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Cancer Causes Control. 2018 Oct 3. doi: 10.1007/s10552-018-1086-0. [Epub ahead of print]

A qualitative study of Realtor knowledge, attitudes, and practices related to radon health effects: implications for comprehensive cancer control.

Author information

1
Division of Cancer Prevention and Control, Centers for Disease Control and Prevention, 4770 Buford Highway, MS F-76, Atlanta, GA, 30341-3717, USA. fqv6@cdc.gov.
2
SciMetrika, LLC, Durham, NC, USA.
3
ICF, Atlanta, GA, USA.
4
Center for Surveillance, Epidemiology, and Laboratory Services, Centers for Disease Control and Prevention, Atlanta, GA, USA.
5
Division of Cancer Prevention and Control, Centers for Disease Control and Prevention, 4770 Buford Highway, MS F-76, Atlanta, GA, 30341-3717, USA.

Abstract

BACKGROUND:

Lung cancer is the leading cause of cancer-related deaths in the United States, and radon exposure is the second leading risk factor. Fewer than 25% of existing U.S. homes have been tested for radon, and only 5-10% of new homes use some form of radon prevention.

OBJECTIVE:

This qualitative study sought to determine radon-related knowledge, attitudes, and practices among Realtors to inform cancer control activities at local and state levels.

METHODS:

We conducted focus groups with Realtors in four states to collect information about knowledge, attitudes, and practices regarding radon.

RESULTS:

Realtors reported obtaining information on radon in similar ways, being aware of radon and its characteristics, and dealing with radon issues as a normal part of home sales. Differences in attitudes toward testing varied across states. Realtors in states with radon policies generally expressed more positive attitudes toward testing than those in states without policies. Radon mitigation was identified as an added expense to buyers and sellers. Realtors cited concerns about the reliability and credibility of mitigation systems and installers.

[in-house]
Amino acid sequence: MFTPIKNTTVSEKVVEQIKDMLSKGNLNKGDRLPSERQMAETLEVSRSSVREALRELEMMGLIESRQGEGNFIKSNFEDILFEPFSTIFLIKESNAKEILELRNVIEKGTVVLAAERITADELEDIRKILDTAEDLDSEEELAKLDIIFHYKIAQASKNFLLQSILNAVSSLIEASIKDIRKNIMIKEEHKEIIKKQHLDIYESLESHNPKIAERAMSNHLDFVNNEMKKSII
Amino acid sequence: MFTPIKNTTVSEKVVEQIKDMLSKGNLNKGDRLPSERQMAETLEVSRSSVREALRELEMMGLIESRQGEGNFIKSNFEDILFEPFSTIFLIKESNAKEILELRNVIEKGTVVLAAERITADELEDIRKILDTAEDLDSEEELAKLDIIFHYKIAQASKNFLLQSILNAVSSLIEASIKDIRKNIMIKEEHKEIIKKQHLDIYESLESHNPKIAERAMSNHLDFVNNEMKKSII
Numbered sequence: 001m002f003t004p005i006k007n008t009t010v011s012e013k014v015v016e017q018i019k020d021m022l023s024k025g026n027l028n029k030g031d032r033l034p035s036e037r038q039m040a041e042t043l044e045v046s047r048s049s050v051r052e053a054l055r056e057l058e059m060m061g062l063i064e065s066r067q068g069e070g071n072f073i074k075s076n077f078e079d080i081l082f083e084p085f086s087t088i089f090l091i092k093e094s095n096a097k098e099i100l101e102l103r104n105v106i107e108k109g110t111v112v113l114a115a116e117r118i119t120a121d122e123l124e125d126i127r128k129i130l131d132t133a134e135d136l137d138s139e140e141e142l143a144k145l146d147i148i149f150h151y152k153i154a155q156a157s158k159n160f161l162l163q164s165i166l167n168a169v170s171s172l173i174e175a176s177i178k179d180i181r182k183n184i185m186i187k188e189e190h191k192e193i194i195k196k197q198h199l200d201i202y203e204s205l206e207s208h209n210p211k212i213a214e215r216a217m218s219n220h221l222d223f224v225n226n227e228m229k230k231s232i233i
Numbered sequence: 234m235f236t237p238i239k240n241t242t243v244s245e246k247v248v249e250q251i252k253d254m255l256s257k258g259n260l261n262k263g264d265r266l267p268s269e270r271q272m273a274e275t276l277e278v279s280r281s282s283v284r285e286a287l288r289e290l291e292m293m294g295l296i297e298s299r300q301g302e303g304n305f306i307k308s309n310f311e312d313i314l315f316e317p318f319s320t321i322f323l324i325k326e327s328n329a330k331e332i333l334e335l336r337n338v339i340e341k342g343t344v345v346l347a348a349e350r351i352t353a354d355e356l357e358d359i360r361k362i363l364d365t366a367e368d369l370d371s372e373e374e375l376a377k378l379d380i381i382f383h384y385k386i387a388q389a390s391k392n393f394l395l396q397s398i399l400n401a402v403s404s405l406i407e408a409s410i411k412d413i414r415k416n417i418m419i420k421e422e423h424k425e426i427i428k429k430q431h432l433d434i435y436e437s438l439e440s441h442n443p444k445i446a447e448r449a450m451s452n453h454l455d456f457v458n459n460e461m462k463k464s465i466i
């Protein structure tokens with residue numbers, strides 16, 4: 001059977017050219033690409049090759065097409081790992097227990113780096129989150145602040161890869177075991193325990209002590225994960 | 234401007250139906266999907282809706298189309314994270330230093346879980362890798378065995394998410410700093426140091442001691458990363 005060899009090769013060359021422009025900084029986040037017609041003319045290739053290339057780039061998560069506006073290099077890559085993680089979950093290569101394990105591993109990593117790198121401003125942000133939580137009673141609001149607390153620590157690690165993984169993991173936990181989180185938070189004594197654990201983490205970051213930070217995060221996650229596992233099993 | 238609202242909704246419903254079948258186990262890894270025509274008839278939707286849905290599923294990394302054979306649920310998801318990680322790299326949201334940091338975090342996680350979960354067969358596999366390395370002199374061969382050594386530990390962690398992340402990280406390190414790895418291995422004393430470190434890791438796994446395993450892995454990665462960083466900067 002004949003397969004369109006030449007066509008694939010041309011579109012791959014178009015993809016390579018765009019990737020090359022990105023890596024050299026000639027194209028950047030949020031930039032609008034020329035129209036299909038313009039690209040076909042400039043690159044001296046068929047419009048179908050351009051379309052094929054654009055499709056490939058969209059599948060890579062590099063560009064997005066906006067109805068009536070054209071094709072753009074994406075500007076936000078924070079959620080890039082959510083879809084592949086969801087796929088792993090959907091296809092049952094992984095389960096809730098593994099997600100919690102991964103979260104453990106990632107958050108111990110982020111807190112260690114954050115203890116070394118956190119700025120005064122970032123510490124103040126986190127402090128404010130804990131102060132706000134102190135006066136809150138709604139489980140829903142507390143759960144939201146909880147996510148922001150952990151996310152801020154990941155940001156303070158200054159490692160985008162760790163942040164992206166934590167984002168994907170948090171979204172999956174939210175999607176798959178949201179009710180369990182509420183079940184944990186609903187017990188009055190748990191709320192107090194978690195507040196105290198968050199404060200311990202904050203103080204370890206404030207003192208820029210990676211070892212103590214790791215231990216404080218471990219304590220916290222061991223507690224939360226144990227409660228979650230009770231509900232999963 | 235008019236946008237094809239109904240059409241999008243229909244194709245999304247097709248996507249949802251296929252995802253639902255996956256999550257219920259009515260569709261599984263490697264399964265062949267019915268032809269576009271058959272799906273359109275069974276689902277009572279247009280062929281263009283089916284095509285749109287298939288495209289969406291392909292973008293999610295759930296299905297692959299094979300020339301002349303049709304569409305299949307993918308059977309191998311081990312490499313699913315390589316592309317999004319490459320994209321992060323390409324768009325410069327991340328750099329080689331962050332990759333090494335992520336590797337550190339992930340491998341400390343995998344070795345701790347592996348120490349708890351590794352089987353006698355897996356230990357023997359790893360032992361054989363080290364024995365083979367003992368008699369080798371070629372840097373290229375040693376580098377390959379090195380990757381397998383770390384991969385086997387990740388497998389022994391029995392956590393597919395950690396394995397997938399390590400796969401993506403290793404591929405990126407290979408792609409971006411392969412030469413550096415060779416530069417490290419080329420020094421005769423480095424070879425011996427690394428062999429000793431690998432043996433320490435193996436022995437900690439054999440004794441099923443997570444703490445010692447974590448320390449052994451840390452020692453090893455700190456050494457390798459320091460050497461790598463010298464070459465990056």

CONCLUSIONS:

These findings suggest that attitudes and practices vary among Realtors and that additional educational resources about radon as a cancer risk factor may be beneficial. When comprehensive cancer control programs update their plans, they may want to add objectives, strategies, or activities to reduce radon exposure and prevent lung cancer. These activities could include partnering with Realtors to improve their knowledge, attitudes, and practices about radon, as well as developing and distributing radon educational resources.

KEYWORDS:

Cancer; Environment; Lung; Radon

PMID:
30284071
DOI:
10.1007/s10552-018-1086-0

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